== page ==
surface by first removing soil, subsoil, and overlying rock strata

1.

It is used to obtain 60% of the coal mined in the U.S

2.

It is often ch
eaper, safer, and generally allows more complete
removal of coal from the ground

3.

It does, however, have the potential to cause more serious
environmental problems

ii.

Subsurface mining

extracts the mineral and energy resources from
deep underground deposits

E.

Sa
fety problems associated with coal

i.

During the 20
th

century, more than 90,000 American coal miners died
in mining accidents

ii.

Miners have increased risk of cancer and
black lung disease

F.

Environmental impacts of the mining process

i.

Prior to 1977 (SMCRA


the Su
rface Mining Control and Reclamation
Act), abandoned surface coal mines were usually left as large open pits
or trenches and streams were polluted with sediment and
acid mine
drainage

ii.

The SMCRA requires coal companies to restore areas that have been
surfac
e mined, requires permits and inspections of active coal mine
operations, and prohibits coal mining in sensitive areas

iii.

Mountaintop removal is one of the most land
-
destructive types of
surface mining; it uses a
dragline

to remove the mountain top to reach
t
he coal below

G.

Environmental impacts of burning coal

i.

The Earth’s CO
2

equilibrium has been disrupted by the enormous
amounts of CO
2

produced through fossil fuel consumption this past
century

ii.

This, in turn, has lead to a rise in global temperature and various

environmental issues associated with higher temperatures

1.

Melting of polar ice caps

2.

Rising sea levels

3.

Future flooding of coastal areas, increasing coastal erosion and
associated violent storms

iii.

Coal burning generally contributes more air pollutants (includi
ng CO
2
)
than does burning either oil or natural gas (i.e., mercury, sulfur oxides,
nitrogen oxides, and
acid deposition
)

H.

Making coal a cleaner fuel

i.

It is possible to reduce sulfur emissions associated with the
combustion of coal by installing
scrubbers

to
clean the power plant’s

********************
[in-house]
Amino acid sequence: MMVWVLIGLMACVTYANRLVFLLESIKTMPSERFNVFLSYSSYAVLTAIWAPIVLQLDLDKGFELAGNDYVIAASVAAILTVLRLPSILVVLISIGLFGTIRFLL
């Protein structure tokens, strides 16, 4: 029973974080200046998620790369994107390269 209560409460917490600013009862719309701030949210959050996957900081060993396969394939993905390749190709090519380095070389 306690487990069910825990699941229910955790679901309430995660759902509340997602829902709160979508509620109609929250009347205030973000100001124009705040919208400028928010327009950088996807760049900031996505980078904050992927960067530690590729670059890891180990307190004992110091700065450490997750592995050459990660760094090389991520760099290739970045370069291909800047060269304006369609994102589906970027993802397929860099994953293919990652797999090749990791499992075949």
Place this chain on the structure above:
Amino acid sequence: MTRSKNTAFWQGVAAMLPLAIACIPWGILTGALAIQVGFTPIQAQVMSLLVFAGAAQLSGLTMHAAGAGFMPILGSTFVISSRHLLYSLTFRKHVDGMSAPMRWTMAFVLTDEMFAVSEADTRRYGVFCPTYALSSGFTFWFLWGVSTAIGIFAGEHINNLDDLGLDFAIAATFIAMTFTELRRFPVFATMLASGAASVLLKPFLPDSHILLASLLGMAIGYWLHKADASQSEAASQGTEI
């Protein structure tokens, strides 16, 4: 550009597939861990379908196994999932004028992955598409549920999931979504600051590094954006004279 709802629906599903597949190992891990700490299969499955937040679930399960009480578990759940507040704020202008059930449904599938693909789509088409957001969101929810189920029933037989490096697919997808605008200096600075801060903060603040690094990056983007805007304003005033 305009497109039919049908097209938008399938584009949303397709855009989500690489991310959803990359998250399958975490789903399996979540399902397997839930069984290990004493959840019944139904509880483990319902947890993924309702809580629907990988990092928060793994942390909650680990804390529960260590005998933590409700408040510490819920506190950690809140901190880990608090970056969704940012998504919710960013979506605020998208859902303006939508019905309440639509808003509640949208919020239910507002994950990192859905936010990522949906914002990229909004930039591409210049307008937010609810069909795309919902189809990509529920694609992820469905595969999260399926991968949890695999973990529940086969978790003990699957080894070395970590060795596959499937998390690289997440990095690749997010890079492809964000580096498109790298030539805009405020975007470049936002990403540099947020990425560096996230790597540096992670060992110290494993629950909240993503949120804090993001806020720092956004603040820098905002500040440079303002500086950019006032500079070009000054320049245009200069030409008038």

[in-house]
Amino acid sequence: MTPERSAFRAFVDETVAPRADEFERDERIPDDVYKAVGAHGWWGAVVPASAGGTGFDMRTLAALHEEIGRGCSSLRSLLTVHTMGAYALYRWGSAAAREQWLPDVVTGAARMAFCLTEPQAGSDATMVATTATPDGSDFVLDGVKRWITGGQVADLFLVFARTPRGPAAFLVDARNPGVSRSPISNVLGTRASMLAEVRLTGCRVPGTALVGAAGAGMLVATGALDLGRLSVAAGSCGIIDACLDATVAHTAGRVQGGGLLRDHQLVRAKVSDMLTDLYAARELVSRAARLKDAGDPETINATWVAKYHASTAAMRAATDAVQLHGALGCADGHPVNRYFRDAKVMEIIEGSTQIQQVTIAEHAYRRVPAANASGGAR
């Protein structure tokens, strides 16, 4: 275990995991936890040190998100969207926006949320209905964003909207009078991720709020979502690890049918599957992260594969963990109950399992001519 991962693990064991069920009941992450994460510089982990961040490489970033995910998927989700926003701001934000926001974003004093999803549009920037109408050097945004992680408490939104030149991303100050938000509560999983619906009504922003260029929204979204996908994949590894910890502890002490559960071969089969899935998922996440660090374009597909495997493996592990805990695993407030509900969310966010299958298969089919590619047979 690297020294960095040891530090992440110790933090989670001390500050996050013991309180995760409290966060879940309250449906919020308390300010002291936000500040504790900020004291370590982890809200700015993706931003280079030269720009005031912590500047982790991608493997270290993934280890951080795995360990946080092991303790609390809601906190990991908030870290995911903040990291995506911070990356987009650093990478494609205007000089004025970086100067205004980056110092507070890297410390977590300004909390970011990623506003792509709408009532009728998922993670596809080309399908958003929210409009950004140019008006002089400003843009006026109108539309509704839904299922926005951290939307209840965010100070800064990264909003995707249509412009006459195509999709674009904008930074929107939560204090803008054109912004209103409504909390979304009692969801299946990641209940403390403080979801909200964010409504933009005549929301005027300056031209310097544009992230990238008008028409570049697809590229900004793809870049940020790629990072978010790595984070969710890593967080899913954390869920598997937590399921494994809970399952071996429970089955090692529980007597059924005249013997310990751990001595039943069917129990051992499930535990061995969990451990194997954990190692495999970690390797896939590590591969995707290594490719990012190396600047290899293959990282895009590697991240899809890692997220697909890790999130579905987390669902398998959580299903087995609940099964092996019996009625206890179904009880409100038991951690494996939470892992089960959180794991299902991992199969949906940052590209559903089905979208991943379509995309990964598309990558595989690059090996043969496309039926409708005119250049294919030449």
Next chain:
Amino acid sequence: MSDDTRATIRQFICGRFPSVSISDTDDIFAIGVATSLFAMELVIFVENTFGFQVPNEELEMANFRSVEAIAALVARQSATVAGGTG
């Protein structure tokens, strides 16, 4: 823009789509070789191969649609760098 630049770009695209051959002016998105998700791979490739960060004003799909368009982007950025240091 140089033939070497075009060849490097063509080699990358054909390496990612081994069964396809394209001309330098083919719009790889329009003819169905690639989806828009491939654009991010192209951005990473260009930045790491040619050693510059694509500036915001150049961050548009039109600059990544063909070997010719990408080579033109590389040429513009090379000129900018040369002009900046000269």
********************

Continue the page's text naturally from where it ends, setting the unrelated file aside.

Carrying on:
exhaust

1.

Modern scrubbers remove 98% of the sulfur and 99% of the
particulate matter in smokestacks

2.

Desulfurization systems are very expensive

ii.

Selling the sulfurs or metals removed from polluted emissions as a
marketable product is c
alled
resource recovery


iii.

The
Clean Air Act Amendments of 1990

required the nation’s 111
dirtiest coal
-
burning power plants to cut sulfur dioxide emissions

1.

This cut emissions by 3.8 million metric tons nationwide

2.

The second phase of this amendment called fo
r 200 additional
power plants to make SO
2

cuts by 2000

a.

This reduced the total annual emission by 10 million
metric tons nationwide

b.

A nationwide cap on SO
2

emissions was imposed after
2000

iv.

Clean coal technologies are new methods being developed for burning
coal that will not contaminate the atmosphere with sulfur oxides and
will significantly reduce nitrogen oxide contamination

1.

Fluidized
-
bed combustion

and
coal gasification and
liquefaction

are two new clean coal technologies

2.

These new technologies have litt
le impact on reducing CO
2

emissions

IV.

Oil and Natural Gas

A.

Beginning in the 1940s, oil and natural gas became increasingly important as
energy sources due to easier transport and cleaner burning

i.

In 2005, oil and natural gas supplied 63% of the energy used in
the
U.S.

ii.

In 2004, oil and natural gas supplied 60.6% of the world’s energy

B.

Petroleum (crude oil)

is separated into gases, gasoline, heating oil, diesel oil,
and asphalt during the refining process

C.

Oil is used to produce